Human Capacity for Transformation

“We should like to hear you on this some other time.” (Acts 17:32)

These words from those Greeks hearing the gospel of Jesus Christ from Paul sadly resonate in my heart. There is a tendency in our hearts, especially after being called out by the truth to act righteously, to say “it’s complicated”, and to then stagnate in inaction. For all the access to information and super-fast processing speeds, we seemingly more than ever lack the will to do what is right, out of fear, all while explaining with a thinly veiled excuse that we “need to think about it”. Our insistence on over-analysis reflects the greatly misplaced reverence with which we view our own opinions and expectations. We view that every question, statement, and feeling must pass through the “filter” of our own judgment before being acted upon. Although we may initially be satisfied with this approach to life, we soon see how exhausting and stressful this is.

Desire for Control

At its core, this desire for control reflects a great lack of trust in God’s loving presence and His desires for our sanctification and perfection in Him. Because of our sins, we lose sight of our identity as children of God who have been given the greatest inheritance of incorporation into the real love of the trinity. As Paul says, “For we too are His offspring. Since therefore we are the offspring of God, we ought not to think that the divinity is like an image fashioned from gold, silver, or stone by human art and imagination.” This is indeed good news. Paul’s statement raises in me a great joy and excitement, knowing that as a human being, I am the greatest of God’s creation. As a father desires the greatest for his son, so God desires my greatness.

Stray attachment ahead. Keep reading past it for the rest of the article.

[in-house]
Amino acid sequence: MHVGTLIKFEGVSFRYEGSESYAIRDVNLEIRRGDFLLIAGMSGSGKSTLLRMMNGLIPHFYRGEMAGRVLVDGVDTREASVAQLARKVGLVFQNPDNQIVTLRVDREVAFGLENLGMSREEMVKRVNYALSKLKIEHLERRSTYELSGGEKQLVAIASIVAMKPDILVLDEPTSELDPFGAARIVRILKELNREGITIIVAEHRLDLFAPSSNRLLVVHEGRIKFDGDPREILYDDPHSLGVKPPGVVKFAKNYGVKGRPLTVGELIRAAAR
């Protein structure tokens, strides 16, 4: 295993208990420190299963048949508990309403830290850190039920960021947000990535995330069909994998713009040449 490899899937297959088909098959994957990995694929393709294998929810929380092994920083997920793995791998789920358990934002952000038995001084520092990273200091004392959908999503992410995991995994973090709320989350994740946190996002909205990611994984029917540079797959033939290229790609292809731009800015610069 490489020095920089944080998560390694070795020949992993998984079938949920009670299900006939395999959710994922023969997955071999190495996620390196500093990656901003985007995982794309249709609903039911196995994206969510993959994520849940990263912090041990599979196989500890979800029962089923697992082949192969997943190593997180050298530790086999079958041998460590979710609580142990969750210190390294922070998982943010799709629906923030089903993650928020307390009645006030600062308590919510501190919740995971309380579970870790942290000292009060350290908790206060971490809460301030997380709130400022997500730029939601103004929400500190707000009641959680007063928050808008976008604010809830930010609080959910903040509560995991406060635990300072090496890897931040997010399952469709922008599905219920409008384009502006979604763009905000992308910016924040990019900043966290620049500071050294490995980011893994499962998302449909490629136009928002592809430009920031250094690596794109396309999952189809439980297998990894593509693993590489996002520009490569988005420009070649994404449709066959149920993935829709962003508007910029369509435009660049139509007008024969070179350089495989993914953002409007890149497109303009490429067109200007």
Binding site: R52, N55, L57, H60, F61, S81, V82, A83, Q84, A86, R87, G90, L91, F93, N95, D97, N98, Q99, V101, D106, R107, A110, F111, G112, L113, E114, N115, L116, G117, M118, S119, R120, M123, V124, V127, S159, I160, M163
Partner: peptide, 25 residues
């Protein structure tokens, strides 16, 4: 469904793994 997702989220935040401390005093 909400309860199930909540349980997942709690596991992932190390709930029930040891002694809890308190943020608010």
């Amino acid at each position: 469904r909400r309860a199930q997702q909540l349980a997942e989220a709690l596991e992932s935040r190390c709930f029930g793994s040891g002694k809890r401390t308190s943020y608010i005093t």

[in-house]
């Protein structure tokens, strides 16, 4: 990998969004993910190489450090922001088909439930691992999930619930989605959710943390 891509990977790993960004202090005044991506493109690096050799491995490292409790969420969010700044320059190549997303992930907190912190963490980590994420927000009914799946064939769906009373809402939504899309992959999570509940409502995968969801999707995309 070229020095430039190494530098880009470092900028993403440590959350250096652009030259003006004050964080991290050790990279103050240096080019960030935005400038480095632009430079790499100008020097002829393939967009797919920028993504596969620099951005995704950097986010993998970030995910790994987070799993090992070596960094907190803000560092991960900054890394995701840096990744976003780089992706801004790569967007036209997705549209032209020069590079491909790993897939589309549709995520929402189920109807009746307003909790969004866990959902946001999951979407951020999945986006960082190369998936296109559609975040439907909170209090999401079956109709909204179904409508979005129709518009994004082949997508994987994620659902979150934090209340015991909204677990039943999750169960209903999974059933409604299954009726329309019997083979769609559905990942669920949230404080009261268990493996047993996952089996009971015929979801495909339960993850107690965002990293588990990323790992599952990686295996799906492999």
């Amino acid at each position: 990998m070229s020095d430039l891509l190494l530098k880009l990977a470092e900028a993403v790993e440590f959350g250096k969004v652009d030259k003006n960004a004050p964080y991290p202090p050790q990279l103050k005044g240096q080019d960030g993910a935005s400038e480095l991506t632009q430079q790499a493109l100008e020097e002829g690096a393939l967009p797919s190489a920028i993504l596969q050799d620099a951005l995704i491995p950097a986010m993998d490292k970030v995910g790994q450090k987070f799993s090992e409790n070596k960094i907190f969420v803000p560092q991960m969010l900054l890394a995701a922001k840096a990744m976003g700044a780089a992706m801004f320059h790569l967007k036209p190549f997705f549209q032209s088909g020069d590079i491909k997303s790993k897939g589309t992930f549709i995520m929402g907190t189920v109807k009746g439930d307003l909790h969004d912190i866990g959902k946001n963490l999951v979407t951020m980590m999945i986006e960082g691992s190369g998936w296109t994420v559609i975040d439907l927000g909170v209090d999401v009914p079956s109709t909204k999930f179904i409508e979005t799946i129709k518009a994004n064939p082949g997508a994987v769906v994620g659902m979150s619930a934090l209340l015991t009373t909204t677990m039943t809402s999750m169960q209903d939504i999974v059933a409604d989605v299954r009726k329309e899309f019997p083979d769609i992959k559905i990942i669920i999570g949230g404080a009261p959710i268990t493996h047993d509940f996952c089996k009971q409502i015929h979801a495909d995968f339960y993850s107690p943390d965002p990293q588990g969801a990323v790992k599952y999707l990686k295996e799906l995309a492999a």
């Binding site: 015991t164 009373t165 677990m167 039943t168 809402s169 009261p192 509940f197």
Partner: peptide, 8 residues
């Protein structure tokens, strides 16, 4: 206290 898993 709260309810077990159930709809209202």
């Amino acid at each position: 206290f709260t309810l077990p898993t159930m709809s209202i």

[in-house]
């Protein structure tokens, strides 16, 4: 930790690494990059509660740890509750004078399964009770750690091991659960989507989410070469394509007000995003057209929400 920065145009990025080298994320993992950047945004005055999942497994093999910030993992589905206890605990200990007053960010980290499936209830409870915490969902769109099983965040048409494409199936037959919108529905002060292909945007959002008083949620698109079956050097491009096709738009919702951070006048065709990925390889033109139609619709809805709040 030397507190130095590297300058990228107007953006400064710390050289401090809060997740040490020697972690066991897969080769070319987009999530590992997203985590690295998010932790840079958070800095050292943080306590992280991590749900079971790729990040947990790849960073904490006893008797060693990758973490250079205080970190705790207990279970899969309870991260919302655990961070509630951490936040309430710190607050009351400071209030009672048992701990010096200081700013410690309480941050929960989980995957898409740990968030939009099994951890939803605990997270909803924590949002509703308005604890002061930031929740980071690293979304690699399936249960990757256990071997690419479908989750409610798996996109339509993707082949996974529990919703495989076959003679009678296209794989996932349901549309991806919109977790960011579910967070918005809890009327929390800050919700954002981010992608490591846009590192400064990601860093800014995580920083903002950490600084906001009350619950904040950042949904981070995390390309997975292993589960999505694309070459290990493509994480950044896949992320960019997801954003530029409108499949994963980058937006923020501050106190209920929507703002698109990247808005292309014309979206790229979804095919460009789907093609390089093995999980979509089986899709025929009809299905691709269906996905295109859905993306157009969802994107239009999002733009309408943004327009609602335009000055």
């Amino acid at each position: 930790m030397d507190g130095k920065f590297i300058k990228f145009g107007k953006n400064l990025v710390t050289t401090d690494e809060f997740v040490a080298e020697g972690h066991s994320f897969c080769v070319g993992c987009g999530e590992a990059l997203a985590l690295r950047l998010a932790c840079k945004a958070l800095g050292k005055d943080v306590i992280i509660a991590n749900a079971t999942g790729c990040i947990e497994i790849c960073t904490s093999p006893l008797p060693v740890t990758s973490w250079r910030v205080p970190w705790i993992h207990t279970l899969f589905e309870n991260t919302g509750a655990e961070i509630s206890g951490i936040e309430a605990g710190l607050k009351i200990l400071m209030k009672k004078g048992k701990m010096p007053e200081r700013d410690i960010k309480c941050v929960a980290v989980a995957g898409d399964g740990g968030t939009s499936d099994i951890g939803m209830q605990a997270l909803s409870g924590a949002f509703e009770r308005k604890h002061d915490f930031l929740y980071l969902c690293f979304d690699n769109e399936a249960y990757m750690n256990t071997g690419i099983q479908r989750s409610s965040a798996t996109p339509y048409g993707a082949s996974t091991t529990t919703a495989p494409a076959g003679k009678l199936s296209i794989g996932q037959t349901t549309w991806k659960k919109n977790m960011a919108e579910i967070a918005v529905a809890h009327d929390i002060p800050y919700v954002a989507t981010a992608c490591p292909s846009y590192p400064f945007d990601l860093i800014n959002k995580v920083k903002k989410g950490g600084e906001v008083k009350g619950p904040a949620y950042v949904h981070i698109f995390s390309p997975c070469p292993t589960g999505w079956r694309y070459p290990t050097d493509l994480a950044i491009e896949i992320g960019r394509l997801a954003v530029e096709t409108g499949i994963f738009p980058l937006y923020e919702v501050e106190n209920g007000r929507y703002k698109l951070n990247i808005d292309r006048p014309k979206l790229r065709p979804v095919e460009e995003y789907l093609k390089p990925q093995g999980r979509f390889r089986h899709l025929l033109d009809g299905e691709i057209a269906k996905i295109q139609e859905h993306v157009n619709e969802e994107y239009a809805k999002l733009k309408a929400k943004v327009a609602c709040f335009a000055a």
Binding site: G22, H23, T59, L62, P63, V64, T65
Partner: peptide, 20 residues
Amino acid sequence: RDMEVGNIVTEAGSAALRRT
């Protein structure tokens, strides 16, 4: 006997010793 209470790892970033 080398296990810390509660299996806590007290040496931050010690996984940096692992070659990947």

In our time on Earth, we will not fully realize the import of the transformation that God wants to offer to us. It is said in today’s Gospel regarding our reception of this truth: “I have much more to tell you, but you cannot bear it now” (John 16:12). We receive hints of this reality in our lives, but we must be purified. Our beautiful transformation is the satisfaction of every God-given desire in a full and complete way.

As Jesus says in today’s Gospel: “He will glorify me, because he will take from what is mine and declare it to you.” (John 16:15). These words are clearly an explanation that in receiving from the Father what is Jesus,’ that the Father Himself is glorified. This indicates our glory-giving capacity to bear the glory of God in our beings, body, and soul. What a gift, and what a plan, that God should give each of us such a great capacity. Let us thank God and ask Him to draw closer to us now through our decision to receive Him in the Eucharist in His son Jesus.

[Readings: Acts 17:15, 22—18:1; Jn 16:12-15]

Matthew Kelly

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